ua-9539515

Under guise of ‘affordable housing,’ abusive agencies might be making a comeback

http://new.vote29.com/blog/wp-content/uploads/2018/04/comminity-center.jpg

Share with:

 

The City of Twentynine Palms is but one example of redevelopment abuses and mismanagement of local government. The above two sketches are taken from the City of Twentynine Palms’ homepage. They are not directly related to the below headline story, California Policy Center | By Steven Greenhut. They directly relate to city’s bond-redevelopment abuses. These proposed and unnecessary duplicate buildings (above) were never build. Nothing was built. All along, the city (population 26,049 (2016)) defied many of the state attorney general and the state financial director’s mandates. The city council created an annual redevelopment bond repayment, including expenses, consultants, consulting firms, principal and interests, dividends to (local) investors, administrative costs, and attorney fees of all told over $33.5 million for local property owners — without a vote.  The contract law firm for the city encouraged the city to take out a redevelopment debt. They did. The city’s Costa Mesa law firm materially benefited from their legal advise with an outright large payout of bond money as well as a percentage of bond. The below California policy center discusses cities incurring massive debt without a vote. The end result thus far: Plans of 29 Palms redevelopment were thrown after years of planning, because of nonconforming legal complications. Now the city with the same majority on the council commences all over again on downtown renewal — paying many of the same said entities for a new plan. 

California Policy Center | By Steven Greenhut |

Sacramento – In the seven years since Gov. Jerry Brown shut down California’s redevelopment agencies, their defenders have managed to resuscitate their image. Never mind that these controversial agencies ladled out corporate welfare, wantonly abused eminent domain on behalf of developers and diverted $5 billion annually from public services. A new bill would bring them back to life, and its supporters would have us believe they’re the means to resolve California’s housing crisis.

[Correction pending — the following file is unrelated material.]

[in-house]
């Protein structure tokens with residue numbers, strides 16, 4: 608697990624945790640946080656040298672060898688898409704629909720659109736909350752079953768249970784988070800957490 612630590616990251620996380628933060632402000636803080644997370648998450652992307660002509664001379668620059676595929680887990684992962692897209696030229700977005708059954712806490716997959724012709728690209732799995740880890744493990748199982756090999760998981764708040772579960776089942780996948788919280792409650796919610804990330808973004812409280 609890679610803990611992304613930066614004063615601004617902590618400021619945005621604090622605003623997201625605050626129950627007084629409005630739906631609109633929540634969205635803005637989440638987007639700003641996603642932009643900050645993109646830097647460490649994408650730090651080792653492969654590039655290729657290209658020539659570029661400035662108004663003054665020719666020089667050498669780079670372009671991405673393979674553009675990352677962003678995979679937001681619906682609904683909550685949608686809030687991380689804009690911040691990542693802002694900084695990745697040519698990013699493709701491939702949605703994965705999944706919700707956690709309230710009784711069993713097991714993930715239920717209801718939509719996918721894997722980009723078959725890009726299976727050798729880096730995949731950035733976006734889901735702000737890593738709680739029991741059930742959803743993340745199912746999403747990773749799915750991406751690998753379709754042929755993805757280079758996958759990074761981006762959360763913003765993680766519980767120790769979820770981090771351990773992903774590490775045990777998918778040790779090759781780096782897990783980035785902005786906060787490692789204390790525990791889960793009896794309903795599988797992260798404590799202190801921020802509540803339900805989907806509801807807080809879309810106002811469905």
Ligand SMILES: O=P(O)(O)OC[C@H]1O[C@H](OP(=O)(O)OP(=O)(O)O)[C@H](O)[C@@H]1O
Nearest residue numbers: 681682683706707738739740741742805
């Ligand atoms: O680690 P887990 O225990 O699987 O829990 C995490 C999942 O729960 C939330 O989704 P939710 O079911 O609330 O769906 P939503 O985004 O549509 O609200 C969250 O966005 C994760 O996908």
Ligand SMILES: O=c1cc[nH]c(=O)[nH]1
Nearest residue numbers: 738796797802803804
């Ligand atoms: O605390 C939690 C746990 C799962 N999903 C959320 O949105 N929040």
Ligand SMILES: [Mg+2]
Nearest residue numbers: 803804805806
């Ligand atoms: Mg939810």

That argument is bizarre given that “redevelopment” actually helped cause the current housing shortage because it overvalued the construction of sales-tax-generating big-box stores at the expense of home construction. Sure, redevelopment law required agencies to set aside 20 percent of their proceeds to build subsidized apartments, but the relatively small number of redevelopment-created units pales in comparison to the havoc wreaked by the land-use distortions caused by these agencies.

Revisionist history is part of human nature, but rarely do the history books get rewritten so quickly. Before lawmakers embrace the Pollyanna view of redevelopment, they need to remind themselves why these agencies were created – and why the state ultimately shuttered them.

The answer to this last question: the agencies failed to accomplish their primary mission of blight removal and ended up imposing severe financial restraints on the state budget.

<snip>

So redevelopment posed myriad problems. First, the agencies ran up enormous debt without the vote of the people. The agencies are gone, but successor agencies still exist with the sole purpose of paying off the debt.

<snip>

The new redevelopment bill, Assembly Bill 3037 by David Chiu, D-San Francisco, doesn’t allow cities to unilaterally take other agencies’ tax funding but won’t be able to stop these new agencies from spending money in questionable ways and hiding a lot of what they do from the public.

California Policy Center full text.

Share with:

Liked it? Take a second to support Cactusthorns on Patreon!

Leave a Reply

Leave a Reply

This site uses Akismet to reduce spam. Learn how your comment data is processed.